In a securities filing on March 12, 2021, New York-based aeronautics company Frequency Electronics, Inc. disclosed that the Office of Foreign Assets Control had completed a review of the company’s transactions and decided to issue a cautionary letter rather than pursue an enforcement action or civil monetary penalty.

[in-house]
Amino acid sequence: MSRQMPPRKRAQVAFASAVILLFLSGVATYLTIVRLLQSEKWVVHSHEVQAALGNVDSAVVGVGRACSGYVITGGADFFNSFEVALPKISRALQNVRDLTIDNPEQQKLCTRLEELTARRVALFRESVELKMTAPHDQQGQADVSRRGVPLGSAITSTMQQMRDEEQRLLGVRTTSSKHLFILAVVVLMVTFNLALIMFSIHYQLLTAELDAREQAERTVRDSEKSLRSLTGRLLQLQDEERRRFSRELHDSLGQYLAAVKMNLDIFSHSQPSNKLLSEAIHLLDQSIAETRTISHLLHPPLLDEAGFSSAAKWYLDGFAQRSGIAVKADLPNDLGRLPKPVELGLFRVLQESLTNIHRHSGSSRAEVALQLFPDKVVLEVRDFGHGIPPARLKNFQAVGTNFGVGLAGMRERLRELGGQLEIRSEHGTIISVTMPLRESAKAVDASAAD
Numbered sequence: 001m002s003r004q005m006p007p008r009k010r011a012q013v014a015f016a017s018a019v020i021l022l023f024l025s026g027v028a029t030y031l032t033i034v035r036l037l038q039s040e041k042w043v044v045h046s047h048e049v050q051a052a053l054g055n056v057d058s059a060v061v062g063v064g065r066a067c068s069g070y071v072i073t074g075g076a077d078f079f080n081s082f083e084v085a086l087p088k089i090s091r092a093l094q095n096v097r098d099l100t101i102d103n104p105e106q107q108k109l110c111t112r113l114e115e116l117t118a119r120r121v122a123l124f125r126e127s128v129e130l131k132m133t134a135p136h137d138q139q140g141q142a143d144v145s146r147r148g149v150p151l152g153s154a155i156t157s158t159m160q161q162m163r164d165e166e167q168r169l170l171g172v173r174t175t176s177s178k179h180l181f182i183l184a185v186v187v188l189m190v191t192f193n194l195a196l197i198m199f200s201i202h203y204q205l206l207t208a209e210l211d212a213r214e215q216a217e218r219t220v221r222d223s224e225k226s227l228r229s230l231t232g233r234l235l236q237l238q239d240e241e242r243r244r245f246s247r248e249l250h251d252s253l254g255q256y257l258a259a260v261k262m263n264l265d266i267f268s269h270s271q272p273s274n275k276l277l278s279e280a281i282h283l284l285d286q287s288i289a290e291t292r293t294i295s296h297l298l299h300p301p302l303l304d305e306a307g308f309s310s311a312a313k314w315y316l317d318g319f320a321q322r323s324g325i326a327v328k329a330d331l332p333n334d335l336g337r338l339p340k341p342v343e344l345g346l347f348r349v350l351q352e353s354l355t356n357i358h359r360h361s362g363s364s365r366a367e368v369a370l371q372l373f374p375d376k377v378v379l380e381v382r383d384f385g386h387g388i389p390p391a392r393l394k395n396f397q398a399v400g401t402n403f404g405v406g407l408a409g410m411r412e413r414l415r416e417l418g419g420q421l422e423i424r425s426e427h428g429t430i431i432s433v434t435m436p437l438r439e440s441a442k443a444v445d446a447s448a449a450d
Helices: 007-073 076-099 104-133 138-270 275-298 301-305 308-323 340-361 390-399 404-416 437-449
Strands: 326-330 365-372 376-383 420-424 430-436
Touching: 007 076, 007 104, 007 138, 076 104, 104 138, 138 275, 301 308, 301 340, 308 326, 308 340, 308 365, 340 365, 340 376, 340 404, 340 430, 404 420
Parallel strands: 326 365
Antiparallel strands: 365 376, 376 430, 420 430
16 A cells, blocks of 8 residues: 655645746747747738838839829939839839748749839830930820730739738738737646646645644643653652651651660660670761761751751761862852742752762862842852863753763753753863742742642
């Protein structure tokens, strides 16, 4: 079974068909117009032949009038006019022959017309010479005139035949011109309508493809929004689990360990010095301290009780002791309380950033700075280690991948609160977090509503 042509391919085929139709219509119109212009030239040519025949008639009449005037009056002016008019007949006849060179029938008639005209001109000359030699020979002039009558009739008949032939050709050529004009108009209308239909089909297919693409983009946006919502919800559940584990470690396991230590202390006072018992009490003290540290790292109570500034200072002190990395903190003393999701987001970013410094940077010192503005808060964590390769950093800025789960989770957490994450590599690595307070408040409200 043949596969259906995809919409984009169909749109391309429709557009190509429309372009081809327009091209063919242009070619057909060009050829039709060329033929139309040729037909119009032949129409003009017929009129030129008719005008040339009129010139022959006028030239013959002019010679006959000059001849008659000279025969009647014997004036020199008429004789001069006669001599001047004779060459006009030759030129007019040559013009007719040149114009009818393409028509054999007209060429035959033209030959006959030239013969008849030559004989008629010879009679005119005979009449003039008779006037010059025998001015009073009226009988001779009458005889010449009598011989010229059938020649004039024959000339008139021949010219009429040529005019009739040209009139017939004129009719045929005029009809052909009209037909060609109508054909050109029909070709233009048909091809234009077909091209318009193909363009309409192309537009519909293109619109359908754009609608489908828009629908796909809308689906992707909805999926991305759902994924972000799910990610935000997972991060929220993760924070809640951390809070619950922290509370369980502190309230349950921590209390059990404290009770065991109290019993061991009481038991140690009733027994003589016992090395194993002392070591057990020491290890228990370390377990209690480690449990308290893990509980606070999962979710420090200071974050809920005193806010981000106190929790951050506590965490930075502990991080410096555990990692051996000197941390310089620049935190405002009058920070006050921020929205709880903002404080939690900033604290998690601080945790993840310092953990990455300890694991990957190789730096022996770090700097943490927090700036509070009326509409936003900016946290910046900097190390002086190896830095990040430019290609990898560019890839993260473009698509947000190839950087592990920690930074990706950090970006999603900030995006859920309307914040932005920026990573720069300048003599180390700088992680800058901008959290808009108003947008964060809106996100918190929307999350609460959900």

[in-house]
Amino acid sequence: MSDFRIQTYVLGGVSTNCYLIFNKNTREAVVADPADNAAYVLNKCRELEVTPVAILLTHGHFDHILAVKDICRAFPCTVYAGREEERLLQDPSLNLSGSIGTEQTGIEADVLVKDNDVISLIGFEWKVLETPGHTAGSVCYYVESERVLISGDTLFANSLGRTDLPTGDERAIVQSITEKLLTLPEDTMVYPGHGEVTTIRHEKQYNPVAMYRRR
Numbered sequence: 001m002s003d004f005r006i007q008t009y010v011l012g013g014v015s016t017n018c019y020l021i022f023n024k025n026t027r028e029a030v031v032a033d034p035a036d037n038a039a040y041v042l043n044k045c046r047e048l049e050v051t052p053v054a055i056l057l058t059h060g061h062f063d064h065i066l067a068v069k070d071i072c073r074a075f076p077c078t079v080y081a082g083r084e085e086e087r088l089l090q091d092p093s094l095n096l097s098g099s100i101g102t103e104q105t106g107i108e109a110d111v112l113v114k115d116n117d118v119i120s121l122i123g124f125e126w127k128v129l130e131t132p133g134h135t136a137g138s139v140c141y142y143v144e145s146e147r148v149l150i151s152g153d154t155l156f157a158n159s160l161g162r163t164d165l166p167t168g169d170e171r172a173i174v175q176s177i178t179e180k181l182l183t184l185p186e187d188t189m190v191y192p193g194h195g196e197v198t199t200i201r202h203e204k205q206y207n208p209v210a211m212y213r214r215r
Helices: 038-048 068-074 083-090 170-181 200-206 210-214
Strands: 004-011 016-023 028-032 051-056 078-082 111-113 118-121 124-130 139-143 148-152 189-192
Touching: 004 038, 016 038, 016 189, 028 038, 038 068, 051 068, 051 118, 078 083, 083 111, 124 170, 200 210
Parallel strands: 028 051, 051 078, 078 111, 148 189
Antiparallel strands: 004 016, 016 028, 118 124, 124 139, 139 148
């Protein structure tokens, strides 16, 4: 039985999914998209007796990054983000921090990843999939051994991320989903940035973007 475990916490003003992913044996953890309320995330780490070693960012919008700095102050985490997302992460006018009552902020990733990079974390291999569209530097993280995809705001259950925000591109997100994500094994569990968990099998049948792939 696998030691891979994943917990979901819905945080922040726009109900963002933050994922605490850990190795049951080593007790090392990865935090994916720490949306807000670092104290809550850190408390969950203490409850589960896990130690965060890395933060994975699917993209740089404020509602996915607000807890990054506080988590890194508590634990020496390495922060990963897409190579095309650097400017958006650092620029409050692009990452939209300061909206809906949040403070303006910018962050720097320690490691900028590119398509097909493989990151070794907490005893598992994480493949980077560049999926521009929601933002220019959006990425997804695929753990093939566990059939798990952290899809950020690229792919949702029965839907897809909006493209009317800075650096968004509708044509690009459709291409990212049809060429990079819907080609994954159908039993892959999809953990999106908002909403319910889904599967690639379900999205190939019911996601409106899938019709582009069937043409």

In its Form 10-Q, Frequency Electronics revealed that it had invested in Morion Inc., a privately-held Russian manufacturer of quartz resonators and crystal oscillators, that was also a less than wholly-owned subsidiary of Gazprombank, a state-owned Russian bank that had been designated by OFAC in 2014 pursuant to Executive Order 13662. This discovery prompted Frequency Electronics to conduct an internal investigation to determine if certain sales made to Morion and the timing of subsequent payments received from that company constituted an extension of credit in violation of Executive Order 13662. According to the Form 10-Q, the internal investigation found that the Marion payments, a majority of which had occurred more than five years earlier, were not timely and likely not made in violation of OFAC sanctions. In May of 2020, Frequency Electronics voluntarily disclosed their findings to OFAC, and on February 17, 2021 the company received OFAC’s cautionary letter informing it that the investigation was closed.